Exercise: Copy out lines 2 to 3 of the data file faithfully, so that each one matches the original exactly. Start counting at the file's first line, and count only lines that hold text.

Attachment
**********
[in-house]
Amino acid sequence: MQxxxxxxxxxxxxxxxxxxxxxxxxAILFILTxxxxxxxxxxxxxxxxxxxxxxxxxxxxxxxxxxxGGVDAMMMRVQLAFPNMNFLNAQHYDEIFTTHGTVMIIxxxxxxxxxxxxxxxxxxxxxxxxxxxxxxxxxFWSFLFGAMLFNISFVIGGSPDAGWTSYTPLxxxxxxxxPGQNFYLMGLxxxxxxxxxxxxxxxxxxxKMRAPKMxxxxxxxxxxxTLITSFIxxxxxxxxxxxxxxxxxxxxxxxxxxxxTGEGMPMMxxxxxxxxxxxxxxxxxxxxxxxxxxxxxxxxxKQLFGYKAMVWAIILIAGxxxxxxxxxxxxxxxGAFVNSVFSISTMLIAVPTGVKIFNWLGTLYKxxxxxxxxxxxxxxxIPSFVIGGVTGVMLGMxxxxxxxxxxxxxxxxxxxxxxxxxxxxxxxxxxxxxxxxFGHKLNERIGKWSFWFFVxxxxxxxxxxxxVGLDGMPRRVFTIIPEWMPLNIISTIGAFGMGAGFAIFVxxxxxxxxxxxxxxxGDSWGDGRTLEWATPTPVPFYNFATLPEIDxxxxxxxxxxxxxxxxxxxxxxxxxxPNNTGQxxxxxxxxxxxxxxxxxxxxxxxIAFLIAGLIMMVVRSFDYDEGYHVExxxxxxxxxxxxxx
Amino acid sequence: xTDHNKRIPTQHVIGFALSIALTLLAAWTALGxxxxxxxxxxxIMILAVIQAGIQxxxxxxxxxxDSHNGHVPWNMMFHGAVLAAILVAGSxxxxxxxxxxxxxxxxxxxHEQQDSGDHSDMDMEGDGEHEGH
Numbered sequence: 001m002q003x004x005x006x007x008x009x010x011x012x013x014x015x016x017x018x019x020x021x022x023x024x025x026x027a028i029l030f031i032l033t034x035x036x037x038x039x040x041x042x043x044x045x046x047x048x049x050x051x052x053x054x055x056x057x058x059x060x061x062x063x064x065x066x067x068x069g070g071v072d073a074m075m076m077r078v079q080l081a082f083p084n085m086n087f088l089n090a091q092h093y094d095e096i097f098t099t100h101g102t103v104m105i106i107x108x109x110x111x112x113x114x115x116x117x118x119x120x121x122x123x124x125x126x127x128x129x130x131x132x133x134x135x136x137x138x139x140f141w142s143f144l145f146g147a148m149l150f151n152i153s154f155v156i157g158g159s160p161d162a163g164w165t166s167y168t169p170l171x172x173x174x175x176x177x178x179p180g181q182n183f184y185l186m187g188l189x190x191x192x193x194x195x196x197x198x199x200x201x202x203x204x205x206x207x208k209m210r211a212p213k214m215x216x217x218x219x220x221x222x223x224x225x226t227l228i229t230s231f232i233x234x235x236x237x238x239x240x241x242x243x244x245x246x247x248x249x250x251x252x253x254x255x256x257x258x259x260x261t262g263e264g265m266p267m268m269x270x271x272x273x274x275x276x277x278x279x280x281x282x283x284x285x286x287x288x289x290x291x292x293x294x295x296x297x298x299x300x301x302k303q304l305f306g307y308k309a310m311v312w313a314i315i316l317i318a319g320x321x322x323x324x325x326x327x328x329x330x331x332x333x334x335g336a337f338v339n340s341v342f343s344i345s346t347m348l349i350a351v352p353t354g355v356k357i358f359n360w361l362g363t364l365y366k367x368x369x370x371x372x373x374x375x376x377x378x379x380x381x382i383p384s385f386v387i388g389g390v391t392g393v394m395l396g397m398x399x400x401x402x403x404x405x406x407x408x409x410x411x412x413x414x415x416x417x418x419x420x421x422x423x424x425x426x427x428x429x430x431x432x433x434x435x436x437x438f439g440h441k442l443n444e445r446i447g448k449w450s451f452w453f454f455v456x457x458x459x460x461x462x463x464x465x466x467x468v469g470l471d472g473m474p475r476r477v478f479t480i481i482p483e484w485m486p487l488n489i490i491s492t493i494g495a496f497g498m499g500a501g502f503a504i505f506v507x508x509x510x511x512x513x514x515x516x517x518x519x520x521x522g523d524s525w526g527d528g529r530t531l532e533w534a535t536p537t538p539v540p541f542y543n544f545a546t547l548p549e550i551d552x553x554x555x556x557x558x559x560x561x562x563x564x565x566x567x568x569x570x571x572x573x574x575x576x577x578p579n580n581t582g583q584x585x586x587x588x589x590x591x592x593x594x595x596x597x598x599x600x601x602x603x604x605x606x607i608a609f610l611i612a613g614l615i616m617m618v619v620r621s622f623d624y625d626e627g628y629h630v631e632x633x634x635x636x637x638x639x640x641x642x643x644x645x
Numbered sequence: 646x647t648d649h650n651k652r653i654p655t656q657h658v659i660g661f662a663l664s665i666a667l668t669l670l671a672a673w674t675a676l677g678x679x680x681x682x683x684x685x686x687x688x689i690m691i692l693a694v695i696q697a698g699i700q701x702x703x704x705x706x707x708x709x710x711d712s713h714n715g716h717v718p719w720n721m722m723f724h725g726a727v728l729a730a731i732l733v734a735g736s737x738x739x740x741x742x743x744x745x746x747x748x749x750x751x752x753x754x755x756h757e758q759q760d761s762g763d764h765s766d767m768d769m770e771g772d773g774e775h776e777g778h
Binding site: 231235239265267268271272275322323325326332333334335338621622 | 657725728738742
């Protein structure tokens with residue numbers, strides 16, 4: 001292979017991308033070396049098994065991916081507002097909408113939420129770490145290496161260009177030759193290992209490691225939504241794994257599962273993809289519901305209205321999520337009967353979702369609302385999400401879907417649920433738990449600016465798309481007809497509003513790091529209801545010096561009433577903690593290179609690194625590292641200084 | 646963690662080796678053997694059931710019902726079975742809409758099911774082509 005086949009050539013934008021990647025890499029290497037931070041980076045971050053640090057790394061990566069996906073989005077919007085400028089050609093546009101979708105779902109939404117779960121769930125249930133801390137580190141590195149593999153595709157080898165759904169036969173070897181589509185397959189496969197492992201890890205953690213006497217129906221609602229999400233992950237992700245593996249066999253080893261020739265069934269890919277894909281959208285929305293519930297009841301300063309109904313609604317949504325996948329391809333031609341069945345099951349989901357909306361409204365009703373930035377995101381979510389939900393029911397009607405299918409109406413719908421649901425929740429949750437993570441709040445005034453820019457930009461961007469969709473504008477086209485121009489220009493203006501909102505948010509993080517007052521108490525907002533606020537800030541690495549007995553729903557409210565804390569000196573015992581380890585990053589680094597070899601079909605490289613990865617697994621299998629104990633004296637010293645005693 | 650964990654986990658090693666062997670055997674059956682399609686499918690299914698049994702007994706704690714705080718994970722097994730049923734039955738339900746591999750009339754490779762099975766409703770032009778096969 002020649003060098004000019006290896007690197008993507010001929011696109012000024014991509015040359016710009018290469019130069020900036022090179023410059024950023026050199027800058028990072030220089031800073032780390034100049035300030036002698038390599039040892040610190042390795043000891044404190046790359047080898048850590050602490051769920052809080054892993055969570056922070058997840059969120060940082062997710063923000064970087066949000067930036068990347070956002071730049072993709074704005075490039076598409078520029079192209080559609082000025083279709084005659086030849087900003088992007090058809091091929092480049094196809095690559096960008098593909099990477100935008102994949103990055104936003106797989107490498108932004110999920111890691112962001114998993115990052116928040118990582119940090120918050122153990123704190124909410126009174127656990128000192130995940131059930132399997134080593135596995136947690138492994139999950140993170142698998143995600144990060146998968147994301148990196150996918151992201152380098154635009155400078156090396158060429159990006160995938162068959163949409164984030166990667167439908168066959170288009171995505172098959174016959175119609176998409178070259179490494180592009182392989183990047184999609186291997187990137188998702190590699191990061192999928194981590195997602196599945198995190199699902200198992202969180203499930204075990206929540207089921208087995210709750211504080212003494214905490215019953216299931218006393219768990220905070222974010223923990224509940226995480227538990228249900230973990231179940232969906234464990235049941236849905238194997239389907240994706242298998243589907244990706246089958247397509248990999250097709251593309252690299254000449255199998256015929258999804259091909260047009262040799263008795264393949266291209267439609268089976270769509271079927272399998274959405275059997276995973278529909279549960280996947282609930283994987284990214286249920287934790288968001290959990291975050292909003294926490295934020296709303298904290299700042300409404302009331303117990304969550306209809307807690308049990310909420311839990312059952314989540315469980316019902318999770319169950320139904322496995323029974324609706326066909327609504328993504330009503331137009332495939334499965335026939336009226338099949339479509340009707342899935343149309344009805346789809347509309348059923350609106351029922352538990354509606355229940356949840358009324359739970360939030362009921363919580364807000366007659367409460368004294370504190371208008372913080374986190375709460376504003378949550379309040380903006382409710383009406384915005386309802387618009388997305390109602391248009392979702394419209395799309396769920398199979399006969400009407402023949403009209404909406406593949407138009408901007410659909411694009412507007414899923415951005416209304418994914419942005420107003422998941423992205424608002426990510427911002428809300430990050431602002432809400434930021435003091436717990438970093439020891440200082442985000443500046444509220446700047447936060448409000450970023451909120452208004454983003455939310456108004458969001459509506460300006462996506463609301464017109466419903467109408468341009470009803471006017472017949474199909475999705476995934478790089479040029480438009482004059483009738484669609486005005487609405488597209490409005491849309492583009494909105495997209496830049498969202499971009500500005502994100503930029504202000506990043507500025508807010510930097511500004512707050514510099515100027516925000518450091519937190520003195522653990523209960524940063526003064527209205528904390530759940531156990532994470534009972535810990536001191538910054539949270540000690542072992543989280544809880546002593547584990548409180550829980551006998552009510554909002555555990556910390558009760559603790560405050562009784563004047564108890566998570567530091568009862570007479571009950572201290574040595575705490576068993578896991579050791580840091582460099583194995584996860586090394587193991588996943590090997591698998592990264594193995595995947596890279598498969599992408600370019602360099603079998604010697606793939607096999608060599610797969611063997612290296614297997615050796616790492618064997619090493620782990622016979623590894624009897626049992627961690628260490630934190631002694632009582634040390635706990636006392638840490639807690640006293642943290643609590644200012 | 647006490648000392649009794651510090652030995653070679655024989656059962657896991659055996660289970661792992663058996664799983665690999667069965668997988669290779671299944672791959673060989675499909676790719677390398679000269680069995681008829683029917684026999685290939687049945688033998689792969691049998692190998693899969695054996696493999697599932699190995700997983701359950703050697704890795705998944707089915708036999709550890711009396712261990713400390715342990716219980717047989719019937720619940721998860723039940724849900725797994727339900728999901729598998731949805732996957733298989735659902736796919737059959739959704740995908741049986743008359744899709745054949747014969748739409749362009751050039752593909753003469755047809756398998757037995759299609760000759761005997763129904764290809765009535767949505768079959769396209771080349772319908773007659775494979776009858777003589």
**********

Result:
Amino acid sequence: MQxxxxxxxxxxxxxxxxxxxxxxxxAILFILTxxxxxxxxxxxxxxxxxxxxxxxxxxxxxxxxxxxGGVDAMMMRVQLAFPNMNFLNAQHYDEIFTTHGTVMIIxxxxxxxxxxxxxxxxxxxxxxxxxxxxxxxxxFWSFLFGAMLFNISFVIGGSPDAGWTSYTPLxxxxxxxxPGQNFYLMGLxxxxxxxxxxxxxxxxxxxKMRAPKMxxxxxxxxxxxTLITSFIxxxxxxxxxxxxxxxxxxxxxxxxxxxxTGEGMPMMxxxxxxxxxxxxxxxxxxxxxxxxxxxxxxxxxKQLFGYKAMVWAIILIAGxxxxxxxxxxxxxxxGAFVNSVFSISTMLIAVPTGVKIFNWLGTLYKxxxxxxxxxxxxxxxIPSFVIGGVTGVMLGMxxxxxxxxxxxxxxxxxxxxxxxxxxxxxxxxxxxxxxxxFGHKLNERIGKWSFWFFVxxxxxxxxxxxxVGLDGMPRRVFTIIPEWMPLNIISTIGAFGMGAGFAIFVxxxxxxxxxxxxxxxGDSWGDGRTLEWATPTPVPFYNFATLPEIDxxxxxxxxxxxxxxxxxxxxxxxxxxPNNTGQxxxxxxxxxxxxxxxxxxxxxxxIAFLIAGLIMMVVRSFDYDEGYHVExxxxxxxxxxxxxx
Amino acid sequence: xTDHNKRIPTQHVIGFALSIALTLLAAWTALGxxxxxxxxxxxIMILAVIQAGIQxxxxxxxxxxDSHNGHVPWNMMFHGAVLAAILVAGSxxxxxxxxxxxxxxxxxxxHEQQDSGDHSDMDMEGDGEHEGH